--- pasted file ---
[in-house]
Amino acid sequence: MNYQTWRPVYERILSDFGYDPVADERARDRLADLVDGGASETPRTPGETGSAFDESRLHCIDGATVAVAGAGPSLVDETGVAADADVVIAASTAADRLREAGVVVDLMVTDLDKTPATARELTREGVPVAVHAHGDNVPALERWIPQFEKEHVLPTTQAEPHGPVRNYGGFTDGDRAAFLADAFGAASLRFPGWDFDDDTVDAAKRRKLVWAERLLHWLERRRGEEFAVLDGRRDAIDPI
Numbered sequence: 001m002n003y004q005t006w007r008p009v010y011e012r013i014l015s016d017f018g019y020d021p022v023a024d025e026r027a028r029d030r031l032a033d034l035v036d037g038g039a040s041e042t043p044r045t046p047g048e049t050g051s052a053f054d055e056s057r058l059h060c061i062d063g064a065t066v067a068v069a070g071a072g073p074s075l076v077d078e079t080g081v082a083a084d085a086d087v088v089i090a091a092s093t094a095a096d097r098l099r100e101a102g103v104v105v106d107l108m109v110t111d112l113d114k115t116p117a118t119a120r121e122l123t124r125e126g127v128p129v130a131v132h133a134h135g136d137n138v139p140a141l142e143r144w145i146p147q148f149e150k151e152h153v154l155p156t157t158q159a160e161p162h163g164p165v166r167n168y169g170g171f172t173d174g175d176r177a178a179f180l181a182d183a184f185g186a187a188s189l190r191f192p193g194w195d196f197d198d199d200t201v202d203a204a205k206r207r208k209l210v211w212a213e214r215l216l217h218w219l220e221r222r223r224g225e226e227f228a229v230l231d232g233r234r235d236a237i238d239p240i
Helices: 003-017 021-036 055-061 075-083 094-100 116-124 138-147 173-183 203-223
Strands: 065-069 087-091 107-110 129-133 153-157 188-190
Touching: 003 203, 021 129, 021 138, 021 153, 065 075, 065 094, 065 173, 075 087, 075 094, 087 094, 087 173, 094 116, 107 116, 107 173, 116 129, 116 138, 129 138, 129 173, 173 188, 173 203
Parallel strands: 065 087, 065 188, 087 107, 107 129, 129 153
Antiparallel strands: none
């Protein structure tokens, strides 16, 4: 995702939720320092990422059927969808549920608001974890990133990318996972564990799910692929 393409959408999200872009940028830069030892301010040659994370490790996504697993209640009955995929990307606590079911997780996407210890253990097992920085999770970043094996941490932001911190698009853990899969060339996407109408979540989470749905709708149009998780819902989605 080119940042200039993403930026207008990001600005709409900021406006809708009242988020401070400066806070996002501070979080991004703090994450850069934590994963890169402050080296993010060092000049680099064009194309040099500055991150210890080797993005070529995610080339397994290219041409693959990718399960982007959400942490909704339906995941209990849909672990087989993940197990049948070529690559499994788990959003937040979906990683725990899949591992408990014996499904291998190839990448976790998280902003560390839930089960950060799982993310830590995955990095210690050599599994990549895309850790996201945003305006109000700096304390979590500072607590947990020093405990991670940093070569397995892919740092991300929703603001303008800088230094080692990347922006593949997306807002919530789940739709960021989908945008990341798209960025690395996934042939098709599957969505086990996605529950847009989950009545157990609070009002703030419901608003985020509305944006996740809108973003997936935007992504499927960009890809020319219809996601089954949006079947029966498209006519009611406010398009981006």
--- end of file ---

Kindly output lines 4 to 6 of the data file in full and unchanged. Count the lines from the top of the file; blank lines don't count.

Helices: 003-017 021-036 055-061 075-083 094-100 116-124 138-147 173-183 203-223
Strands: 065-069 087-091 107-110 129-133 153-157 188-190
Touching: 003 203, 021 129, 021 138, 021 153, 065 075, 065 094, 065 173, 075 087, 075 094, 087 094, 087 173, 094 116, 107 116, 107 173, 116 129, 116 138, 129 138, 129 173, 173 188, 173 203